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Parents and kids often come to dread homework time every evening as it may lead to frustration and possible tears (from either the parents or the kids).  However, it doesn’t have to be a constant battle with your kids, and experts at Kids In The House have the solutions to help motivate your kids and help make homework time a peaceful time in your home.

Dr. Lee Hausner, author of Homework Without Tears, shares that an important aspect of success in any part of life, including homework, is developing perseverance and hard work. Even if your child is naturally more academic, they will come to a point where they will struggle and need to push past the frustrations they feel. Dr. Hausner explains that in order to help a child develop perseverance they need to delay gratification and help their child step out of their comfort zone. “Achievement builds self-esteem,” she says. “And the only way that you can achieve is to have to go through periods of time where you step outside a comfort zone.” When a child is struggling with their homework, let them work through it as this is how they will learn and it will help them persevere in other aspects of their life.

While it’s important to let them work through their struggles independently, some times they may need your assistance. Steve Reifman, teacher and author, says it’s important for parents to provide just the right amount of assistance. “We don’t want to help too much and deprive them of a learning opportunity and we don’t want to help them too little and cause them to struggle and grow frustrated and perhaps shut down,” he says. “We want to help them just enough to keep moving.” The following three easy steps are Reifman’s tips to help them “keep moving” through their homework:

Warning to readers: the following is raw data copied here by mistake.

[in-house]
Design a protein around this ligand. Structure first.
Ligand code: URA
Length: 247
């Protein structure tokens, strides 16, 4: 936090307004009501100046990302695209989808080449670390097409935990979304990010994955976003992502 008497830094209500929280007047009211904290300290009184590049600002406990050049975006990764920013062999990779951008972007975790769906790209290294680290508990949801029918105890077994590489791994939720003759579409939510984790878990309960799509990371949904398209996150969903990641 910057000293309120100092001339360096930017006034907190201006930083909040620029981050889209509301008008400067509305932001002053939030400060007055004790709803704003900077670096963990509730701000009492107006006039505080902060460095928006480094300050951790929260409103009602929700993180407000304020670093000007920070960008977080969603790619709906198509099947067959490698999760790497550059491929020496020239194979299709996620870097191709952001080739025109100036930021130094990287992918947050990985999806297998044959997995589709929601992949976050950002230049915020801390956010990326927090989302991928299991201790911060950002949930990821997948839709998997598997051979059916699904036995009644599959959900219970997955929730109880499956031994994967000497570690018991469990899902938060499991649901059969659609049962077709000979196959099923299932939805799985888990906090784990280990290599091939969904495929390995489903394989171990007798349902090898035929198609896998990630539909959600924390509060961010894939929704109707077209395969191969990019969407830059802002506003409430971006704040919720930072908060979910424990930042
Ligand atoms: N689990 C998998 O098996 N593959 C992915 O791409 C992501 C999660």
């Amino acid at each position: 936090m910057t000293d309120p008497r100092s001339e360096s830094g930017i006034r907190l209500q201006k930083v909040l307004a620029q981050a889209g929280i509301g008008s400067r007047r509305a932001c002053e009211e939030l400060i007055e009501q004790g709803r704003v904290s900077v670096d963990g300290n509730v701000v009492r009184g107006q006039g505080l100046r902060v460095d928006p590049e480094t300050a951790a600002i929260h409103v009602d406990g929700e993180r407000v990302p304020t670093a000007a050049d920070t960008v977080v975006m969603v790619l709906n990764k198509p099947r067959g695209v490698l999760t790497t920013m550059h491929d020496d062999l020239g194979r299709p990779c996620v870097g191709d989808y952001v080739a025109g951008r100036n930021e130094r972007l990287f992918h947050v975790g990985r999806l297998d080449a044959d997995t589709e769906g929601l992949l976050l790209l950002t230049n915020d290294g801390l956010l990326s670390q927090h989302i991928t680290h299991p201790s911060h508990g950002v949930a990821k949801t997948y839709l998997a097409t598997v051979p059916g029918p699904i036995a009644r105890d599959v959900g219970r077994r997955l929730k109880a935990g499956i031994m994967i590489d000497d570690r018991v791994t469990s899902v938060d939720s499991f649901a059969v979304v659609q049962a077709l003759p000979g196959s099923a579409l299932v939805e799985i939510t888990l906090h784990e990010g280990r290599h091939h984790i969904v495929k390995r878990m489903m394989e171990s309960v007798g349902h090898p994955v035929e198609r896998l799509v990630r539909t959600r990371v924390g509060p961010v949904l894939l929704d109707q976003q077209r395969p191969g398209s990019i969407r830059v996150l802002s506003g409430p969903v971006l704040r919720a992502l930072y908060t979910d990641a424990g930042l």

1. Read the homework directions with them. 

2. Let them begin on their own but be close to help answer their questions.

3. When they finish, go over the material with them.

Educational specialist Nathalie Kunin also advises parents to make sure the environment is conducive to your child’s learning style. This may entail setting up a quiet area for them or letting them study at the kitchen table so you are close by to help. Make sure they are in a place where they can enjoy learning! You can make your home a fun place to learn by playing educational games as a family. Mimi Lichterman, mother and educator, says even math can be made more fun by playing games like Uno or chess which will help your child critically think and learn strategy. After playing math games with her kids for years she says, “It is so empowering and exciting to see my children being such great mathematical thinkers.”

Do you have specific questions you want to ask our experts? Join us tomorrow, November 18th at 3:30pm PST for our Google Hangout “HOMEWORK HELP 101: Conquering the Homework Battle.” We will be joined by Lee Hausner and Steve Reifman who will be answering your questions live! Click here to RSVP.

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